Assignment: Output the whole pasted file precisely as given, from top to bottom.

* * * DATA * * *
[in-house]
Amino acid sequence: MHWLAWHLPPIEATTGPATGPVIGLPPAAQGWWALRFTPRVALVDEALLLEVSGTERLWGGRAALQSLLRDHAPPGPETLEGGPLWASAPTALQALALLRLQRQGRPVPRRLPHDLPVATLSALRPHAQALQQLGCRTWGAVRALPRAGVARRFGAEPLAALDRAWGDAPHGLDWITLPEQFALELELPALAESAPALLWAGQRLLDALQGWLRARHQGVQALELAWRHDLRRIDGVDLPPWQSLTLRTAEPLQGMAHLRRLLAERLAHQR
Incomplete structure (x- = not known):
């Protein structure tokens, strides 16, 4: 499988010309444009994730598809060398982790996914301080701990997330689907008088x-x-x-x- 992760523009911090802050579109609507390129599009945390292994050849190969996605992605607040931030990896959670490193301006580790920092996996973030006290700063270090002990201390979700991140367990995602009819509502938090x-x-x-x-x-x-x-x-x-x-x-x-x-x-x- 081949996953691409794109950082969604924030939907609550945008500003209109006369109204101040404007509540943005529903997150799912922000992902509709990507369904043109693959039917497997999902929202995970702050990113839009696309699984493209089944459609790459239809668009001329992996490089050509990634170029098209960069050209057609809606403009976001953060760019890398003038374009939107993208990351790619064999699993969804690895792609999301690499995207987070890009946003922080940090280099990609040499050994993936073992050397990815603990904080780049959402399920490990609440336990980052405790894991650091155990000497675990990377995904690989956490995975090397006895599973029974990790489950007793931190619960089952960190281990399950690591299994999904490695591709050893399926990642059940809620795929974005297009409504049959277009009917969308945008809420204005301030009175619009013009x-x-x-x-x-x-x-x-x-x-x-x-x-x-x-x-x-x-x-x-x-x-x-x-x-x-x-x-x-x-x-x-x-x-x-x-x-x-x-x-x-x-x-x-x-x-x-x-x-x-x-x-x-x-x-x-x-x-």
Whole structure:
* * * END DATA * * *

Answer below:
[in-house]
Amino acid sequence: MHWLAWHLPPIEATTGPATGPVIGLPPAAQGWWALRFTPRVALVDEALLLEVSGTERLWGGRAALQSLLRDHAPPGPETLEGGPLWASAPTALQALALLRLQRQGRPVPRRLPHDLPVATLSALRPHAQALQQLGCRTWGAVRALPRAGVARRFGAEPLAALDRAWGDAPHGLDWITLPEQFALELELPALAESAPALLWAGQRLLDALQGWLRARHQGVQALELAWRHDLRRIDGVDLPPWQSLTLRTAEPLQGMAHLRRLLAERLAHQR
Incomplete structure (x- = not known):
């Protein structure tokens, strides 16, 4: 499988010309444009994730598809060398982790996914301080701990997330689907008088x-x-x-x- 992760523009911090802050579109609507390129599009945390292994050849190969996605992605607040931030990896959670490193301006580790920092996996973030006290700063270090002990201390979700991140367990995602009819509502938090x-x-x-x-x-x-x-x-x-x-x-x-x-x-x- 081949996953691409794109950082969604924030939907609550945008500003209109006369109204101040404007509540943005529903997150799912922000992902509709990507369904043109693959039917497997999902929202995970702050990113839009696309699984493209089944459609790459239809668009001329992996490089050509990634170029098209960069050209057609809606403009976001953060760019890398003038374009939107993208990351790619064999699993969804690895792609999301690499995207987070890009946003922080940090280099990609040499050994993936073992050397990815603990904080780049959402399920490990609440336990980052405790894991650091155990000497675990990377995904690989956490995975090397006895599973029974990790489950007793931190619960089952960190281990399950690591299994999904490695591709050893399926990642059940809620795929974005297009409504049959277009009917969308945008809420204005301030009175619009013009x-x-x-x-x-x-x-x-x-x-x-x-x-x-x-x-x-x-x-x-x-x-x-x-x-x-x-x-x-x-x-x-x-x-x-x-x-x-x-x-x-x-x-x-x-x-x-x-x-x-x-x-x-x-x-x-x-x-």
Whole structure: